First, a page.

Emily’s back

THERE’S been some famous Emilys down the years.

Suffragette Emily Pankhurst, poet Emily Dickinson, and “Big Emily” from the Gorbals, who I met in a Glasgow nightclub in the 1990s. I’ve still got the bruises to prove it!

The latest one to grace our shores is Emily Taylor, a Fremantle bar/restaurant named after a ship from the 1800s that sailed from England to Fremantle. 

It stopped in Asia to pick up tea, spices and probably opium, as well as immigrants like Moon Chow, the first documented Chinese settler in WA.

Emily Taylor opened late last year in the old Warders’ Cottages on Henderson Street, and has been getting rave reviews from locals and food critics for its Asian fusion dishes.

My wife and I went for the “Any four dishes for $68” lunch deal, which seemed great value with a nice range of dumplings, bao, bites and share dishes to choose from.

Highlights included the charred lemongrass beef brisket, lobster and Manjimup truffle dumplings, and tapioca dusted cone bay barramundi.

sleek and classy with muted dark tones contrasting nicely with limestone walls and exposed stonework.

Large wine racks doubled as informal art, and a big open plan kitchen and bar provided a lively backdrop.

There was also a lovely mural of Emily Taylor couched in waves, and some gorgeous oriental parasols in the alfresco courtyard.

It reminded me of a winery down south with that subtle mix of refined but casual dining.

It wasn’t long before the ultra polite waitress was back with our spice island style kingfish ceviche.

This dish was in the Twilight Zone between a laksa and ceviche, with the Geraldton kingfish cured in coconut water vinegar with fresh coconut and chilli.

There was plenty of juicy kingfish and the sauce had a punchy, sweet kick that demanded your attention.

The star of the dish were the rice crisps – a crunchy antidote to the soft fish and creamy sauce.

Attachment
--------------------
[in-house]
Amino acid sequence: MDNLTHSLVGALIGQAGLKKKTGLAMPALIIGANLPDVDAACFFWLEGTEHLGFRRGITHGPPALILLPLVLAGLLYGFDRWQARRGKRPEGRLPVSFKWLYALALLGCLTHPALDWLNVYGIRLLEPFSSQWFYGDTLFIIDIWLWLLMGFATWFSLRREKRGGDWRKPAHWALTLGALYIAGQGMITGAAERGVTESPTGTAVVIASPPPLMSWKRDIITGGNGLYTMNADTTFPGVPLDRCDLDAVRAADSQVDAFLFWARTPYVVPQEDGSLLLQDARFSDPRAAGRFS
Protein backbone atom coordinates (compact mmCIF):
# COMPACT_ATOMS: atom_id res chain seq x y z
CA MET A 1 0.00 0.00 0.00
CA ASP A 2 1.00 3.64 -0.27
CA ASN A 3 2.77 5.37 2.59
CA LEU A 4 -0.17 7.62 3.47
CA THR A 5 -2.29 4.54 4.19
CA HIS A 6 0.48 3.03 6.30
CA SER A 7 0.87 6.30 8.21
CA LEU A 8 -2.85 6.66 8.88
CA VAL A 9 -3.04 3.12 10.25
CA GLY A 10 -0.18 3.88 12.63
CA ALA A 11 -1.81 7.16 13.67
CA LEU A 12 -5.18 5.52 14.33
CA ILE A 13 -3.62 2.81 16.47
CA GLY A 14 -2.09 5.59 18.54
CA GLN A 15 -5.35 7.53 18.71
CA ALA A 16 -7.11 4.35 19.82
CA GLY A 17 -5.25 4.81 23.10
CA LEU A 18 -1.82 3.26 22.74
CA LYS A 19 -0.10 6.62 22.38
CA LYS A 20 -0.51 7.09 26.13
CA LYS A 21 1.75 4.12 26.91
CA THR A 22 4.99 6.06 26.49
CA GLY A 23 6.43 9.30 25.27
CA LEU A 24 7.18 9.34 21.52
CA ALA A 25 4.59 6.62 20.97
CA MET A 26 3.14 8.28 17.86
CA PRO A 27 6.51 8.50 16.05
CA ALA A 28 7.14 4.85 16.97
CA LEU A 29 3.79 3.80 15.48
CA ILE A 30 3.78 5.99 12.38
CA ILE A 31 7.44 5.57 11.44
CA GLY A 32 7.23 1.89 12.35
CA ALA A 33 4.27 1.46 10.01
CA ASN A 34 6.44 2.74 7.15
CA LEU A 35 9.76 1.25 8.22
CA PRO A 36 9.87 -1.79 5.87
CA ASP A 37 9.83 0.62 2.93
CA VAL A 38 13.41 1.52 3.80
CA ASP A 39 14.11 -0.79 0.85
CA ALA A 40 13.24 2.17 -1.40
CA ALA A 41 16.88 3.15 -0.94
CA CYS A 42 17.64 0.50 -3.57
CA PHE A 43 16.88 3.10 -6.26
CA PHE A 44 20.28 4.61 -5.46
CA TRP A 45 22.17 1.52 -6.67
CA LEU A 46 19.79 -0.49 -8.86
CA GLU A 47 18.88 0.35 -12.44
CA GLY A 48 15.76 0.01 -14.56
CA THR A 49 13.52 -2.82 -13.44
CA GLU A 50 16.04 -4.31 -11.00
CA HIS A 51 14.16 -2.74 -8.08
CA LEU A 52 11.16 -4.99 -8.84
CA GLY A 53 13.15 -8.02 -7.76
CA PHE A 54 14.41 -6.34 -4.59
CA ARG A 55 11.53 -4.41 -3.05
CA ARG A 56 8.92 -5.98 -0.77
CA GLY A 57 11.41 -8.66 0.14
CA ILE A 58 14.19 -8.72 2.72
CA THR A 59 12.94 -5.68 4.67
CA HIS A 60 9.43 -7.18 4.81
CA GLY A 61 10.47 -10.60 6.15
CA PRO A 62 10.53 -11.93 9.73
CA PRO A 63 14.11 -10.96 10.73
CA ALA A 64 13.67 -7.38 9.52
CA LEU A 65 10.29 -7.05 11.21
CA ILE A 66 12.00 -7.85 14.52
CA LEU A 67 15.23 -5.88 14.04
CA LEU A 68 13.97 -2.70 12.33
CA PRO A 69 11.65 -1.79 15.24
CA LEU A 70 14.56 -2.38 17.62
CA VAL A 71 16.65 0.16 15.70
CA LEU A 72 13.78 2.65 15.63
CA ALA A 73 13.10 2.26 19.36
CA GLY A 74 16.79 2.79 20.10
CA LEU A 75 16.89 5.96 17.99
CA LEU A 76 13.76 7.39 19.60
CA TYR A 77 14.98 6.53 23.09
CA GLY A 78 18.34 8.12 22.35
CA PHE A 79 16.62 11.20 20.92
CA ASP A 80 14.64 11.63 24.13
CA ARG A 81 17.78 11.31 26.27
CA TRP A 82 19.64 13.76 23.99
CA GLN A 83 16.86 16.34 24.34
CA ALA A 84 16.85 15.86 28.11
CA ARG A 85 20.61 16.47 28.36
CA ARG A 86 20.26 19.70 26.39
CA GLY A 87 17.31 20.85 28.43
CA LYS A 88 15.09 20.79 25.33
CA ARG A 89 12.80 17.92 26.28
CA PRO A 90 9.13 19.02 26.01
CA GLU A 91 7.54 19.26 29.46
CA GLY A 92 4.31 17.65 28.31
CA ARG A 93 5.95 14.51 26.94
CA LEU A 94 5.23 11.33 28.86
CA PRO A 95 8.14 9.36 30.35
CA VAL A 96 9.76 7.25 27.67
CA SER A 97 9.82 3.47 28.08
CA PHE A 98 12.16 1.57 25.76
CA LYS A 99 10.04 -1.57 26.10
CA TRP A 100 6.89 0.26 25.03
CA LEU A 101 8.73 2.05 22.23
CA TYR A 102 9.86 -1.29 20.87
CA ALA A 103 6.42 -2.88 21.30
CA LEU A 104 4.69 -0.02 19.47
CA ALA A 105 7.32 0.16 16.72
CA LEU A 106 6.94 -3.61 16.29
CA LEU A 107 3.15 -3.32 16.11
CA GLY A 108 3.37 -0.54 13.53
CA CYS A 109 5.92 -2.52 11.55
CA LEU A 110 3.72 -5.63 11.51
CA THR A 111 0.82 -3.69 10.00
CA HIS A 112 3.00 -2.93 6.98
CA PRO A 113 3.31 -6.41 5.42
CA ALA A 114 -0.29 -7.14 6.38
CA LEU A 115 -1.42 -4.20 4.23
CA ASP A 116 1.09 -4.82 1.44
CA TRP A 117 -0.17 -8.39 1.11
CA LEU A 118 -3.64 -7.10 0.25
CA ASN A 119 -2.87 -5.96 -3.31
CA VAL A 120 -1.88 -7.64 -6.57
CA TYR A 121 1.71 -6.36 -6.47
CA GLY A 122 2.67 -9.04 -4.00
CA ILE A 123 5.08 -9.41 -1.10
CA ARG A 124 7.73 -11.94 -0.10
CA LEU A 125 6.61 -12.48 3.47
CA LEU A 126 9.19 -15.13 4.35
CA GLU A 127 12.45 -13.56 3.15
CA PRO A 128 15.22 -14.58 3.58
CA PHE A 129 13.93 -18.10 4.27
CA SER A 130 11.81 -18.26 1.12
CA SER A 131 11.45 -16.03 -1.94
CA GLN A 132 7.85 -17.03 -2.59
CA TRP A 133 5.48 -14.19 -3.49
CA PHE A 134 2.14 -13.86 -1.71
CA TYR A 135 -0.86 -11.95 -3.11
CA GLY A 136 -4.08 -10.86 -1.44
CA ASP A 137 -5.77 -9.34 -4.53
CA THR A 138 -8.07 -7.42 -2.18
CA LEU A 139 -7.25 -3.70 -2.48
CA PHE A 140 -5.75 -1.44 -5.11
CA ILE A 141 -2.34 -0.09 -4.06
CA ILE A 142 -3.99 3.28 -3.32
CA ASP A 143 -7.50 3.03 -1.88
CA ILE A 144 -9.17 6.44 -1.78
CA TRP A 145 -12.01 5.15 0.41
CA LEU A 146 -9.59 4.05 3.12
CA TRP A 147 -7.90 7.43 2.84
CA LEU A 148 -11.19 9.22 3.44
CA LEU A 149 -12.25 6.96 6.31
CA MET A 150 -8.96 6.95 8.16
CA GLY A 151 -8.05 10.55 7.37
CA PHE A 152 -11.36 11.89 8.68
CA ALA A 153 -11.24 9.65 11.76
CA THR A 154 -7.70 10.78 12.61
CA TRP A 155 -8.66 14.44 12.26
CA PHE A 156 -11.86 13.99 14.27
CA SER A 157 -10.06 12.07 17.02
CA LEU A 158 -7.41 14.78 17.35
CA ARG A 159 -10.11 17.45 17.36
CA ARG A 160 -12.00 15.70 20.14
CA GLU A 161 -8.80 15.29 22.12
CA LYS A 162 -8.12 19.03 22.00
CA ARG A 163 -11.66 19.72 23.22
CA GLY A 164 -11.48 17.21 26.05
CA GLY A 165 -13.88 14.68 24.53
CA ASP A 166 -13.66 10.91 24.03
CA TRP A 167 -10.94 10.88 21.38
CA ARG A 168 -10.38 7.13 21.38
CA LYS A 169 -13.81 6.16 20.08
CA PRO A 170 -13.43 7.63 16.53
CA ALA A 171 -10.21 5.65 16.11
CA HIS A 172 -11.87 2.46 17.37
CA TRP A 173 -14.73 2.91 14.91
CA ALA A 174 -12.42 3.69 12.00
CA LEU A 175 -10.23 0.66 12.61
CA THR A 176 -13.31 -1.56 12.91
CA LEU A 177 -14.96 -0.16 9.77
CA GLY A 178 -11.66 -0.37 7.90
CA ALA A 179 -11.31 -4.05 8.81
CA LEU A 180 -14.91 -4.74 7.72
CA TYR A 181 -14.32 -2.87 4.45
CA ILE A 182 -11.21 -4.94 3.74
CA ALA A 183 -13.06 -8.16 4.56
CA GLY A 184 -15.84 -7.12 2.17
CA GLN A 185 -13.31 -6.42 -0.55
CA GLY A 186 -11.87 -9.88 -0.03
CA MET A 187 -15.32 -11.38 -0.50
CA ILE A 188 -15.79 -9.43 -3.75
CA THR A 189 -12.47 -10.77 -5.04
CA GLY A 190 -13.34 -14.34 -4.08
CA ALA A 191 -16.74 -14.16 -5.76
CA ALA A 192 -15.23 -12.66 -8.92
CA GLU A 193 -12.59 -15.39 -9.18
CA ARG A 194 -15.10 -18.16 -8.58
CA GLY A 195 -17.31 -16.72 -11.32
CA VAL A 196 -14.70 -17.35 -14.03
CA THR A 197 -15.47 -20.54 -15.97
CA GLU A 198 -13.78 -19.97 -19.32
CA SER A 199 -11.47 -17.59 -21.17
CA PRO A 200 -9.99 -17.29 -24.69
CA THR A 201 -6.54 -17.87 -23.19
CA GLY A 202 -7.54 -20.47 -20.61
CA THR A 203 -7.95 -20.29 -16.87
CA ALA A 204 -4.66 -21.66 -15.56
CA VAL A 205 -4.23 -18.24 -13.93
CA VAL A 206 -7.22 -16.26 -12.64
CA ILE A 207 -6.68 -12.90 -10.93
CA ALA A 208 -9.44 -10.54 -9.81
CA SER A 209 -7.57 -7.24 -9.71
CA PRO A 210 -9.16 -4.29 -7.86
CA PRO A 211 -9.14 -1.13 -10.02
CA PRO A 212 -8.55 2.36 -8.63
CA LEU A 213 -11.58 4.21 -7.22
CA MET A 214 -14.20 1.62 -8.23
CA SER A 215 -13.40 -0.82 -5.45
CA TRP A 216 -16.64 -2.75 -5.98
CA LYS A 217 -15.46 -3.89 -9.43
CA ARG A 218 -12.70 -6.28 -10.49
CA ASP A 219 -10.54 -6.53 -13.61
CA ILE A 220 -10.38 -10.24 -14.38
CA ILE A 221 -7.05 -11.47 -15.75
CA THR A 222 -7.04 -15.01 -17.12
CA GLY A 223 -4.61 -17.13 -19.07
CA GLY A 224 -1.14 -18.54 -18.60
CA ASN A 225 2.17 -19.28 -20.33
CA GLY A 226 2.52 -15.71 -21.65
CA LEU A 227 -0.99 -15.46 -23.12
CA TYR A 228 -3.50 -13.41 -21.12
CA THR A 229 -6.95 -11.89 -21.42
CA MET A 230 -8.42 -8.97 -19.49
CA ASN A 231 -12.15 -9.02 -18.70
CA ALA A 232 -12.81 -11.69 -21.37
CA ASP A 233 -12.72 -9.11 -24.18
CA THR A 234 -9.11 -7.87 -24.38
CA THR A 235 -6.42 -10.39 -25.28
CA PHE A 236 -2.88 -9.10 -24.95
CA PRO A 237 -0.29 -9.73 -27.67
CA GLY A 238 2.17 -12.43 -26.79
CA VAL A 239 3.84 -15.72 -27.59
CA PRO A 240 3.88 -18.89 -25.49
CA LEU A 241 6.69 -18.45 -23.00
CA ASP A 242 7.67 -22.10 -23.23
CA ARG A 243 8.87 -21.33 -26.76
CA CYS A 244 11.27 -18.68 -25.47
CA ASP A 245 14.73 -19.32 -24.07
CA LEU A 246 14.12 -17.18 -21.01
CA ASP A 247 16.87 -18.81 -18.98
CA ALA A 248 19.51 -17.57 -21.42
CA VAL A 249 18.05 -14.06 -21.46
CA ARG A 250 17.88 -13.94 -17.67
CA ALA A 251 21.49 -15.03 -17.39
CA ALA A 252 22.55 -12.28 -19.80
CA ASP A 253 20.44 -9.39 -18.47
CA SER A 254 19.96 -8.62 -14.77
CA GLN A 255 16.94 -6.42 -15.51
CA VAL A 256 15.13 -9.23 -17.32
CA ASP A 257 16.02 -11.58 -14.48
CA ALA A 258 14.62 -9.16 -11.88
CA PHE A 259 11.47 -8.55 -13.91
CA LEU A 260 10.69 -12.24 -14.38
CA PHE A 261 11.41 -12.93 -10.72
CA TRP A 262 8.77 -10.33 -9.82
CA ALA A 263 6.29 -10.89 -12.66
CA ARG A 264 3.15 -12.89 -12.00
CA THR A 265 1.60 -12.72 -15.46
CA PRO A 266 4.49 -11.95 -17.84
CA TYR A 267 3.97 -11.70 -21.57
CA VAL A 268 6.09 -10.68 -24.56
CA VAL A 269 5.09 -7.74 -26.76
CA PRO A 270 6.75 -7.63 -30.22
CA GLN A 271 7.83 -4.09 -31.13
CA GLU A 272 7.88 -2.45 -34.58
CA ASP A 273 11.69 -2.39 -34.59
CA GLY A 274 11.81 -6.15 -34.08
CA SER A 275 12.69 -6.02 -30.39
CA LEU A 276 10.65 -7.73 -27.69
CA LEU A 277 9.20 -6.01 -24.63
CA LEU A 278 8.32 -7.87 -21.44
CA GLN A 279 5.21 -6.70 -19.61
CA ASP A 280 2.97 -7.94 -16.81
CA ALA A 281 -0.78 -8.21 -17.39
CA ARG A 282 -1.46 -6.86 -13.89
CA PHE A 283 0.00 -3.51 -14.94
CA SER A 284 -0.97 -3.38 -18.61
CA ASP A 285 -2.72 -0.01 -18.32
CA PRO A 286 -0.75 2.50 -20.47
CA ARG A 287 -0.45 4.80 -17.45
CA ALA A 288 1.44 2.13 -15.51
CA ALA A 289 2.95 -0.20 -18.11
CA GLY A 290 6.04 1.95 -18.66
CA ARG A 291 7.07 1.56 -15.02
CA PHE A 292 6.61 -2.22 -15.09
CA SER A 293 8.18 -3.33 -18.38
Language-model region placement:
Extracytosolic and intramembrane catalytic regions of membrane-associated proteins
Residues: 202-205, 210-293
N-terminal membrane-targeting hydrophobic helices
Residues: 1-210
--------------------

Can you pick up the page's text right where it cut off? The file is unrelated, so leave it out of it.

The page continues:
Rounding things off were some red onion, cherry tomatoes and a liberal heap of coriander. 

A modern and sexy take on ceviche, with the spice level perfect for the cooler weather.

Across the table my wife was getting hoed into Emily Taylor’s signature dish – the roast duck (counts as two dishes in the lunch deal).

She carefully layered the aromatic duck, green onion, cucumber and pickled vegetables on the diaphanous mandarin pancakes, before rolling it up like a gourmet joint and popping it in her mouth.

“Absolutely gorgeous and I love the bush honey glaze on the duck,” she enthused.

“The plum sauce is top quality and not too sickly or thick, while the dainty pancakes are wafer thin.”

I tried a couple and they were top notch, with the chilli adding a spicy twist to the smoky, aromatic duck.

My least favourite dish was the Crispy Xinjang style lamb.

I liked the cumin & szcechuan pepper crust, but the meat just wasn’t succulent enough.

The saviour of this dish was the burnt eggplant and fermented chilli; a delicious and slightly exotic burst of flavour that doubled as a makeshift sauce.

The lunch offer was filling and great value, so we had no room left for dessert, but my sweet-toothed wife noted there was only two on the menu and there could have been a bigger selection.

The eatery was busy on a Thursday lunchtime with everyone from business people to mums with bubs enjoying a casual but refined feed.

Emily Taylor lived up to the hype and it might have finally banished my memories of “Big Emily” from the Gorbals… 

Emily Taylor Bar & Restaurant
19-29 Henderson St, Fremantle
emilytaylorbar.com.au
9239 3300

by STEPHEN POLLOCK

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